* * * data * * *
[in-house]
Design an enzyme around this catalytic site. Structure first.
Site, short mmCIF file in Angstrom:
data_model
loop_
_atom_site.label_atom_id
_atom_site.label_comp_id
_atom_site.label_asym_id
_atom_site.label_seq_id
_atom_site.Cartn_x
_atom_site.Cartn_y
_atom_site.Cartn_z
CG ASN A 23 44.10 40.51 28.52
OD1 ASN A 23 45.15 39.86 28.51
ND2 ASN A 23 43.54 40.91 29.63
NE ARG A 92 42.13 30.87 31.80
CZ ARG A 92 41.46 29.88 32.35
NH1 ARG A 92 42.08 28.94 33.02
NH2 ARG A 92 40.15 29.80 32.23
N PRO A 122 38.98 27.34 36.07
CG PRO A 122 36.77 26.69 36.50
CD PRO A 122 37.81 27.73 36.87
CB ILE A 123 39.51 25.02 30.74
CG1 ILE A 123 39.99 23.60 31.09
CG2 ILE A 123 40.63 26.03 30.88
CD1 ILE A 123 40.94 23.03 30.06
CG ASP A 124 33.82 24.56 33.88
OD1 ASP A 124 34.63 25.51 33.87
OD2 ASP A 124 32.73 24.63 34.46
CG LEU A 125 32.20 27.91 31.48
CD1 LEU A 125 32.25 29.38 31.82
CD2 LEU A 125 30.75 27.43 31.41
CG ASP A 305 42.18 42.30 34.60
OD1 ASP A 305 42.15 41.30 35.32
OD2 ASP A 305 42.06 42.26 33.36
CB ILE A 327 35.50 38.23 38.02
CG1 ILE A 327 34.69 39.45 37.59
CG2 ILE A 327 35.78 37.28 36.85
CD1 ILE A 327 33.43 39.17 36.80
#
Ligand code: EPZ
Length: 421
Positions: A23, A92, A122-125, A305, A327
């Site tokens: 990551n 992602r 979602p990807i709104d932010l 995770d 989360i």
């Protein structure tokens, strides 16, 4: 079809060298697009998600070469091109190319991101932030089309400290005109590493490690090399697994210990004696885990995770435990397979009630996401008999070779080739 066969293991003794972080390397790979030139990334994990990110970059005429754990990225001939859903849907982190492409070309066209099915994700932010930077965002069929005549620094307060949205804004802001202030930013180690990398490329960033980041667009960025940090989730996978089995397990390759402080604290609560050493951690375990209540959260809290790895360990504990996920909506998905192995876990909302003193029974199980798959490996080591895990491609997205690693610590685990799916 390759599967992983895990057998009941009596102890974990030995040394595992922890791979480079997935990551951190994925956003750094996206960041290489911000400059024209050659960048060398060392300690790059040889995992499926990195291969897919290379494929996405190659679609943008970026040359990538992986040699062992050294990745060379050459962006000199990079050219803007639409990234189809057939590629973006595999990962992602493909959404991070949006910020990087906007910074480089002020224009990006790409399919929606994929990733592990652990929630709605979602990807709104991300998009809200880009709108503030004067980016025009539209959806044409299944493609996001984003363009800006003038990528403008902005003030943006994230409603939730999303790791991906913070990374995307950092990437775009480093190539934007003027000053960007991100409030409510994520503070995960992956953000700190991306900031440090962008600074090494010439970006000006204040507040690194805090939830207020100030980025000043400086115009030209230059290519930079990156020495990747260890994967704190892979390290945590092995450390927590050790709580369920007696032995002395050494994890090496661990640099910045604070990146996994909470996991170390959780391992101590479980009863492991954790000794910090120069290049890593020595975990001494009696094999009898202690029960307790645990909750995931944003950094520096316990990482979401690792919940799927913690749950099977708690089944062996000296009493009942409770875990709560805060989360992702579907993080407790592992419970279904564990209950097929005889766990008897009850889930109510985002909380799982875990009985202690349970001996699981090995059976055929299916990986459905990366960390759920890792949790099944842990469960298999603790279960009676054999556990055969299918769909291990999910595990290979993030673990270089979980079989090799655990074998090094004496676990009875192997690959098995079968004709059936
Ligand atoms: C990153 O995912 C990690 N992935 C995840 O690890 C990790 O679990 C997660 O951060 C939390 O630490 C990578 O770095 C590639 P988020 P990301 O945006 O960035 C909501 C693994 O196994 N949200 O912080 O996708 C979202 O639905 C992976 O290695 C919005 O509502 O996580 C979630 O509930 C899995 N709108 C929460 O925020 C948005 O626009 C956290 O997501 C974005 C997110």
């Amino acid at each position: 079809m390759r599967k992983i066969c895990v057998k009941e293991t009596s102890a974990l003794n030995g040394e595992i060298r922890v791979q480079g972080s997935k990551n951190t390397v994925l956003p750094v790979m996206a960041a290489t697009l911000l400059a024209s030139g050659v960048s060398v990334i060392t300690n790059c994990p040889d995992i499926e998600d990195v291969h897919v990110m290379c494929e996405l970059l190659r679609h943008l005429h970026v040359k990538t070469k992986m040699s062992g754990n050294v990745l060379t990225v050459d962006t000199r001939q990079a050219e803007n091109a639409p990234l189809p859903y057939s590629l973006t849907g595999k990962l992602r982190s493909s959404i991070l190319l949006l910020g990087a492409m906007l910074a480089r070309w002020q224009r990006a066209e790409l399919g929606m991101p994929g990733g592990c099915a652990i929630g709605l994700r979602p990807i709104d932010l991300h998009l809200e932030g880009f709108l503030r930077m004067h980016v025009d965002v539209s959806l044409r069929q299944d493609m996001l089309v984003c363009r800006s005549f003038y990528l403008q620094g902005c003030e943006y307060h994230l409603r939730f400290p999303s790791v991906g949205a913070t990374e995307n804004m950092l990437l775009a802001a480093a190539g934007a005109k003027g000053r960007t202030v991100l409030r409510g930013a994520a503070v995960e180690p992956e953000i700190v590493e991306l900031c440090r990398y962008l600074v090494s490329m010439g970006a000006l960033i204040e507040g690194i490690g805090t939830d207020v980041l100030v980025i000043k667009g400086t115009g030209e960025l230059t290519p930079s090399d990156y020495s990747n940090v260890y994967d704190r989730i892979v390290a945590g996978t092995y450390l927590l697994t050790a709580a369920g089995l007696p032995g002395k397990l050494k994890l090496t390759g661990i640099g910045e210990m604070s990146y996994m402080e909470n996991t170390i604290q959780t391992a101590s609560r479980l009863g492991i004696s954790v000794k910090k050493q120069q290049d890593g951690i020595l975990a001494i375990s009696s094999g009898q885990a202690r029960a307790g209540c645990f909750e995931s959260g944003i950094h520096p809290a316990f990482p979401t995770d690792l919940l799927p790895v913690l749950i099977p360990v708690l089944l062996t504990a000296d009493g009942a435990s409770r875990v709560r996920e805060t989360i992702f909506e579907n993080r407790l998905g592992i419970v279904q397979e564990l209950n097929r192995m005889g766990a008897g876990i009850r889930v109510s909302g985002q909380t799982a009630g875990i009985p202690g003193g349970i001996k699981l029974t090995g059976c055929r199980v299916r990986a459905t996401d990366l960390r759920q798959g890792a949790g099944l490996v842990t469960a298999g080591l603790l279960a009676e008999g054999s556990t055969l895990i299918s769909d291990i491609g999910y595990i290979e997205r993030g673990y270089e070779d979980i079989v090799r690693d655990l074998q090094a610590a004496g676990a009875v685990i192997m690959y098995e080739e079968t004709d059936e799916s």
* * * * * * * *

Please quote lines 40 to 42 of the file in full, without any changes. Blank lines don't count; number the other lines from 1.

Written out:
#
Ligand code: EPZ
Length: 421